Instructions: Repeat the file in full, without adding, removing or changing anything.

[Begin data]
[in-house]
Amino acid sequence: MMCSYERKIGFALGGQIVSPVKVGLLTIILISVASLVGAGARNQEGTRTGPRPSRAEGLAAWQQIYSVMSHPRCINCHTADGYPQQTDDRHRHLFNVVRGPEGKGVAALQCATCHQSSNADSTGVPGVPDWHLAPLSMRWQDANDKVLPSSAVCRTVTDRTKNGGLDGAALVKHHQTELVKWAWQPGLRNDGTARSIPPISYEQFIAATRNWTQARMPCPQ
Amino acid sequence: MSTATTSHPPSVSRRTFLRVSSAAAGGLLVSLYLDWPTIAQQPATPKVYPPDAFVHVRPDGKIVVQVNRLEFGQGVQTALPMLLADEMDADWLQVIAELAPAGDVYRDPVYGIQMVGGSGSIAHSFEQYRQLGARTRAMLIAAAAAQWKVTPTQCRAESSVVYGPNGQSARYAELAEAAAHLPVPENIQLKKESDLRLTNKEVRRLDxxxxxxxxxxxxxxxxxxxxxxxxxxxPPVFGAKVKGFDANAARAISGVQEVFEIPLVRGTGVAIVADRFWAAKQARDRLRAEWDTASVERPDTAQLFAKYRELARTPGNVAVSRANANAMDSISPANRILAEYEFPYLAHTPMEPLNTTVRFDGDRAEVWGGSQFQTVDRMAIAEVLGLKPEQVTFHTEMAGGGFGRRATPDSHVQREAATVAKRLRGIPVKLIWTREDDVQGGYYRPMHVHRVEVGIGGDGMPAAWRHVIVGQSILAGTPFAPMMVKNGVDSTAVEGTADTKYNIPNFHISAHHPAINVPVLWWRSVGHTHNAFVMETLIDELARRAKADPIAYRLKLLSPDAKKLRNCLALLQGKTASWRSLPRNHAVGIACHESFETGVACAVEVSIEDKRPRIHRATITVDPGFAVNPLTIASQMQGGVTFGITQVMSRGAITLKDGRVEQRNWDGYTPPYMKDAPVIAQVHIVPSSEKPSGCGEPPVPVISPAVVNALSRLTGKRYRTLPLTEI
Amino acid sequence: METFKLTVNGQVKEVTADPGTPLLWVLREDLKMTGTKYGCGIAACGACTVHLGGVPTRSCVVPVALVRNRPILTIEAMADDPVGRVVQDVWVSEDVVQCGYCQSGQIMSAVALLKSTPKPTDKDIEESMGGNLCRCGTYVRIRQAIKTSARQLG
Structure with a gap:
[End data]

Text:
[in-house]
Amino acid sequence: MMCSYERKIGFALGGQIVSPVKVGLLTIILISVASLVGAGARNQEGTRTGPRPSRAEGLAAWQQIYSVMSHPRCINCHTADGYPQQTDDRHRHLFNVVRGPEGKGVAALQCATCHQSSNADSTGVPGVPDWHLAPLSMRWQDANDKVLPSSAVCRTVTDRTKNGGLDGAALVKHHQTELVKWAWQPGLRNDGTARSIPPISYEQFIAATRNWTQARMPCPQ
Amino acid sequence: MSTATTSHPPSVSRRTFLRVSSAAAGGLLVSLYLDWPTIAQQPATPKVYPPDAFVHVRPDGKIVVQVNRLEFGQGVQTALPMLLADEMDADWLQVIAELAPAGDVYRDPVYGIQMVGGSGSIAHSFEQYRQLGARTRAMLIAAAAAQWKVTPTQCRAESSVVYGPNGQSARYAELAEAAAHLPVPENIQLKKESDLRLTNKEVRRLDxxxxxxxxxxxxxxxxxxxxxxxxxxxPPVFGAKVKGFDANAARAISGVQEVFEIPLVRGTGVAIVADRFWAAKQARDRLRAEWDTASVERPDTAQLFAKYRELARTPGNVAVSRANANAMDSISPANRILAEYEFPYLAHTPMEPLNTTVRFDGDRAEVWGGSQFQTVDRMAIAEVLGLKPEQVTFHTEMAGGGFGRRATPDSHVQREAATVAKRLRGIPVKLIWTREDDVQGGYYRPMHVHRVEVGIGGDGMPAAWRHVIVGQSILAGTPFAPMMVKNGVDSTAVEGTADTKYNIPNFHISAHHPAINVPVLWWRSVGHTHNAFVMETLIDELARRAKADPIAYRLKLLSPDAKKLRNCLALLQGKTASWRSLPRNHAVGIACHESFETGVACAVEVSIEDKRPRIHRATITVDPGFAVNPLTIASQMQGGVTFGITQVMSRGAITLKDGRVEQRNWDGYTPPYMKDAPVIAQVHIVPSSEKPSGCGEPPVPVISPAVVNALSRLTGKRYRTLPLTEI
Amino acid sequence: METFKLTVNGQVKEVTADPGTPLLWVLREDLKMTGTKYGCGIAACGACTVHLGGVPTRSCVVPVALVRNRPILTIEAMADDPVGRVVQDVWVSEDVVQCGYCQSGQIMSAVALLKSTPKPTDKDIEESMGGNLCRCGTYVRIRQAIKTSARQLG
Structure with a gap: